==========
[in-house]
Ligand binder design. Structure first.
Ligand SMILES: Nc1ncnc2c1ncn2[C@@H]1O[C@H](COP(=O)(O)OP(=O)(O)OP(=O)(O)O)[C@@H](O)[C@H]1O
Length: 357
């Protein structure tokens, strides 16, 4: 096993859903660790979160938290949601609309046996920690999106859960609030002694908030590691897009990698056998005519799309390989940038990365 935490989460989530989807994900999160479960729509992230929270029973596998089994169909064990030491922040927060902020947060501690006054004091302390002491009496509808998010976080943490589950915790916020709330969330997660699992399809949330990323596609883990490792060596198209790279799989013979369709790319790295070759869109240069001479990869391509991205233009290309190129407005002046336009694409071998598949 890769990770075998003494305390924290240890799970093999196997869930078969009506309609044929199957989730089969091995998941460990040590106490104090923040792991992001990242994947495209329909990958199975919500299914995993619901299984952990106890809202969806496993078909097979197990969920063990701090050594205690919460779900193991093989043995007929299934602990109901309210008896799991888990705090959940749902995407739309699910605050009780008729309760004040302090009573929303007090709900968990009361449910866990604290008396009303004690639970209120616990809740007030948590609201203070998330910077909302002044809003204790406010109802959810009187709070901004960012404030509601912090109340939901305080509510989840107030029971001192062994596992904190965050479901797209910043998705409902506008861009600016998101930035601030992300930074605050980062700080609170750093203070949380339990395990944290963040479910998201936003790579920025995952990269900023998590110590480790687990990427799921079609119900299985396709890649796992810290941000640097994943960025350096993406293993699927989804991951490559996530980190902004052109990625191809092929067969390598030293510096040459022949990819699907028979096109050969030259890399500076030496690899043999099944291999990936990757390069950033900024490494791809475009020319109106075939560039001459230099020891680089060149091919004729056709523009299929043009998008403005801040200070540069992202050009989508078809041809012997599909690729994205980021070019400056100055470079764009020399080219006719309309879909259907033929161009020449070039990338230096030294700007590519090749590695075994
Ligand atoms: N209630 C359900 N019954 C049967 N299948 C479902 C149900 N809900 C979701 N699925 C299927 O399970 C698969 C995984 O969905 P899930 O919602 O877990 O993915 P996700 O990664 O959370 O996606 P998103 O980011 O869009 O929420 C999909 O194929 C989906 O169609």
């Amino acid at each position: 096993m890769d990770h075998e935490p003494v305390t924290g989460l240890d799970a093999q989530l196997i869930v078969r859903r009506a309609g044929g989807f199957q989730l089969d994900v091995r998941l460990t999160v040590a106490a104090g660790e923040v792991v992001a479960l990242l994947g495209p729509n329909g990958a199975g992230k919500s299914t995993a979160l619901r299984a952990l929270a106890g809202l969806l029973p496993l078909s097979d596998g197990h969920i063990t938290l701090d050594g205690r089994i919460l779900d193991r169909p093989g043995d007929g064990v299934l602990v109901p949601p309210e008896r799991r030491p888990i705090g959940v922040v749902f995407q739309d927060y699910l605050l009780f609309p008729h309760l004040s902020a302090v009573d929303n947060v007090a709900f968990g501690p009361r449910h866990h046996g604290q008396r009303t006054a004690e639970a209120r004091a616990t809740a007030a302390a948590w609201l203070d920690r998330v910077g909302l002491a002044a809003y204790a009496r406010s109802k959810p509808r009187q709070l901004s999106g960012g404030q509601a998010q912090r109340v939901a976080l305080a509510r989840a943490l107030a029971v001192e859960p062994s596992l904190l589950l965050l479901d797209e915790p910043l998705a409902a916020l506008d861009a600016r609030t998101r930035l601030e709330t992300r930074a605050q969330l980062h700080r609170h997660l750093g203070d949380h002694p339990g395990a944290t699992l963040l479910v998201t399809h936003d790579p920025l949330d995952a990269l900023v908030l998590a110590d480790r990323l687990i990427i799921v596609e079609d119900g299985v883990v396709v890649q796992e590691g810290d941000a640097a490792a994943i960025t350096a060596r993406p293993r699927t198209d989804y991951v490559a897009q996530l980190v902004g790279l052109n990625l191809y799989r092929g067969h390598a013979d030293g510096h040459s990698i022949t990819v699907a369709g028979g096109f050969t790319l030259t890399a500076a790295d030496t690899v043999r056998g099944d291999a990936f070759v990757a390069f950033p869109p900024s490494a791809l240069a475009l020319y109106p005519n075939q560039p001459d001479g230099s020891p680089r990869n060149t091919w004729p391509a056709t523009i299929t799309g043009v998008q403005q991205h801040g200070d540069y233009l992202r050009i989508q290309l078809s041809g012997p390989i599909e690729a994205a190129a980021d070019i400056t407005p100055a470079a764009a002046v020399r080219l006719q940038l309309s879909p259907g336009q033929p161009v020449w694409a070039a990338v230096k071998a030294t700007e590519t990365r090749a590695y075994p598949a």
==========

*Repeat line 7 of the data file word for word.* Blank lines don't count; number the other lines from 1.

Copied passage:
């Amino acid at each position: 096993m890769d990770h075998e935490p003494v305390t924290g989460l240890d799970a093999q989530l196997i869930v078969r859903r009506a309609g044929g989807f199957q989730l089969d994900v091995r998941l460990t999160v040590a106490a104090g660790e923040v792991v992001a479960l990242l994947g495209p729509n329909g990958a199975g992230k919500s299914t995993a979160l619901r299984a952990l929270a106890g809202l969806l029973p496993l078909s097979d596998g197990h969920i063990t938290l701090d050594g205690r089994i919460l779900d193991r169909p093989g043995d007929g064990v299934l602990v109901p949601p309210e008896r799991r030491p888990i705090g959940v922040v749902f995407q739309d927060y699910l605050l009780f609309p008729h309760l004040s902020a302090v009573d929303n947060v007090a709900f968990g501690p009361r449910h866990h046996g604290q008396r009303t006054a004690e639970a209120r004091a616990t809740a007030a302390a948590w609201l203070d920690r998330v910077g909302l002491a002044a809003y204790a009496r406010s109802k959810p509808r009187q709070l901004s999106g960012g404030q509601a998010q912090r109340v939901a976080l305080a509510r989840a943490l107030a029971v001192e859960p062994s596992l904190l589950l965050l479901d797209e915790p910043l998705a409902a916020l506008d861009a600016r609030t998101r930035l601030e709330t992300r930074a605050q969330l980062h700080r609170h997660l750093g203070d949380h002694p339990g395990a944290t699992l963040l479910v998201t399809h936003d790579p920025l949330d995952a990269l900023v908030l998590a110590d480790r990323l687990i990427i799921v596609e079609d119900g299985v883990v396709v890649q796992e590691g810290d941000a640097a490792a994943i960025t350096a060596r993406p293993r699927t198209d989804y991951v490559a897009q996530l980190v902004g790279l052109n990625l191809y799989r092929g067969h390598a013979d030293g510096h040459s990698i022949t990819v699907a369709g028979g096109f050969t790319l030259t890399a500076a790295d030496t690899v043999r056998g099944d291999a990936f070759v990757a390069f950033p869109p900024s490494a791809l240069a475009l020319y109106p005519n075939q560039p001459d001479g230099s020891p680089r990869n060149t091919w004729p391509a056709t523009i299929t799309g043009v998008q403005q991205h801040g200070d540069y233009l992202r050009i989508q290309l078809s041809g012997p390989i599909e690729a994205a190129a980021d070019i400056t407005p100055a470079a764009a002046v020399r080219l006719q940038l309309s879909p259907g336009q033929p161009v020449w694409a070039a990338v230096k071998a030294t700007e590519t990365r090749a590695y075994p598949a």